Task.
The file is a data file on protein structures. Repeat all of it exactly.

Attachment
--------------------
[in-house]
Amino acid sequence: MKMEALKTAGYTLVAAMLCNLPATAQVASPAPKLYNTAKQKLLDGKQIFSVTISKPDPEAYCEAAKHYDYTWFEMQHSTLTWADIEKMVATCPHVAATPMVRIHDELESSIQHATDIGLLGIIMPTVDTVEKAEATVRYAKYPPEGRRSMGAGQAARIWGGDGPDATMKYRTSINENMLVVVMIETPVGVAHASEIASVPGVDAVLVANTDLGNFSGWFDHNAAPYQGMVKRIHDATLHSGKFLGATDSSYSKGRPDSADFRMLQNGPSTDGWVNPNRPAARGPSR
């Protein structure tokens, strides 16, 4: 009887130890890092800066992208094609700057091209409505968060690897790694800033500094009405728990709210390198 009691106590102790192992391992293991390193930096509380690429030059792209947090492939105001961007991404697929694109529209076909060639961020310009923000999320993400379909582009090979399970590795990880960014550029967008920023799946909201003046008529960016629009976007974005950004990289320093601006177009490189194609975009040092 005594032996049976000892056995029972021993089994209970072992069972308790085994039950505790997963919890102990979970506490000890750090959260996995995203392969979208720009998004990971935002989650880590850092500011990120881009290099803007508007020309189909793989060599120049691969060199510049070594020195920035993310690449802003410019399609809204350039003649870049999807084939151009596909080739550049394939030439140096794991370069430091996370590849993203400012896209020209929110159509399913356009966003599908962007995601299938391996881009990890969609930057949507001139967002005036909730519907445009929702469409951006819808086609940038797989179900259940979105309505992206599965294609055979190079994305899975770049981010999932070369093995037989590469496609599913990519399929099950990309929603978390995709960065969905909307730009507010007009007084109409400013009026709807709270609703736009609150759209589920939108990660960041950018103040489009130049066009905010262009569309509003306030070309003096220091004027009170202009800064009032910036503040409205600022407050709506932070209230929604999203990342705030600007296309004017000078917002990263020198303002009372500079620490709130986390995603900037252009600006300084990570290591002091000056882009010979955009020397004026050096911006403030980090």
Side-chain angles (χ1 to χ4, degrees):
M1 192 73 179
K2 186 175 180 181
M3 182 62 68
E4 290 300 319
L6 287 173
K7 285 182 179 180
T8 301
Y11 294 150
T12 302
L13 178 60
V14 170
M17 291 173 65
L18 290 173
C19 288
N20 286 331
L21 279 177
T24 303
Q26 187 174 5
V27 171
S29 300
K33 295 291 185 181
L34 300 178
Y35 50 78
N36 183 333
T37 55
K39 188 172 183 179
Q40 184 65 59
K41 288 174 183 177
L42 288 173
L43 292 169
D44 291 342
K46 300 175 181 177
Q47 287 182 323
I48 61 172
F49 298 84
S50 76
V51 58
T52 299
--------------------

[in-house]
Amino acid sequence: MKMEALKTAGYTLVAAMLCNLPATAQVASPAPKLYNTAKQKLLDGKQIFSVTISKPDPEAYCEAAKHYDYTWFEMQHSTLTWADIEKMVATCPHVAATPMVRIHDELESSIQHATDIGLLGIIMPTVDTVEKAEATVRYAKYPPEGRRSMGAGQAARIWGGDGPDATMKYRTSINENMLVVVMIETPVGVAHASEIASVPGVDAVLVANTDLGNFSGWFDHNAAPYQGMVKRIHDATLHSGKFLGATDSSYSKGRPDSADFRMLQNGPSTDGWVNPNRPAARGPSR
């Protein structure tokens, strides 16, 4: 009887130890890092800066992208094609700057091209409505968060690897790694800033500094009405728990709210390198 009691106590102790192992391992293991390193930096509380690429030059792209947090492939105001961007991404697929694109529209076909060639961020310009923000999320993400379909582009090979399970590795990880960014550029967008920023799946909201003046008529960016629009976007974005950004990289320093601006177009490189194609975009040092 005594032996049976000892056995029972021993089994209970072992069972308790085994039950505790997963919890102990979970506490000890750090959260996995995203392969979208720009998004990971935002989650880590850092500011990120881009290099803007508007020309189909793989060599120049691969060199510049070594020195920035993310690449802003410019399609809204350039003649870049999807084939151009596909080739550049394939030439140096794991370069430091996370590849993203400012896209020209929110159509399913356009966003599908962007995601299938391996881009990890969609930057949507001139967002005036909730519907445009929702469409951006819808086609940038797989179900259940979105309505992206599965294609055979190079994305899975770049981010999932070369093995037989590469496609599913990519399929099950990309929603978390995709960065969905909307730009507010007009007084109409400013009026709807709270609703736009609150759209589920939108990660960041950018103040489009130049066009905010262009569309509003306030070309003096220091004027009170202009800064009032910036503040409205600022407050709506932070209230929604999203990342705030600007296309004017000078917002990263020198303002009372500079620490709130986390995603900037252009600006300084990570290591002091000056882009010979955009020397004026050096911006403030980090």
Side-chain angles (χ1 to χ4, degrees):
M1 192 73 179
K2 186 175 180 181
M3 182 62 68
E4 290 300 319
L6 287 173
K7 285 182 179 180
T8 301
Y11 294 150
T12 302
L13 178 60
V14 170
M17 291 173 65
L18 290 173
C19 288
N20 286 331
L21 279 177
T24 303
Q26 187 174 5
V27 171
S29 300
K33 295 291 185 181
L34 300 178
Y35 50 78
N36 183 333
T37 55
K39 188 172 183 179
Q40 184 65 59
K41 288 174 183 177
L42 288 173
L43 292 169
D44 291 342
K46 300 175 181 177
Q47 287 182 323
I48 61 172
F49 298 84
S50 76
V51 58
T52 299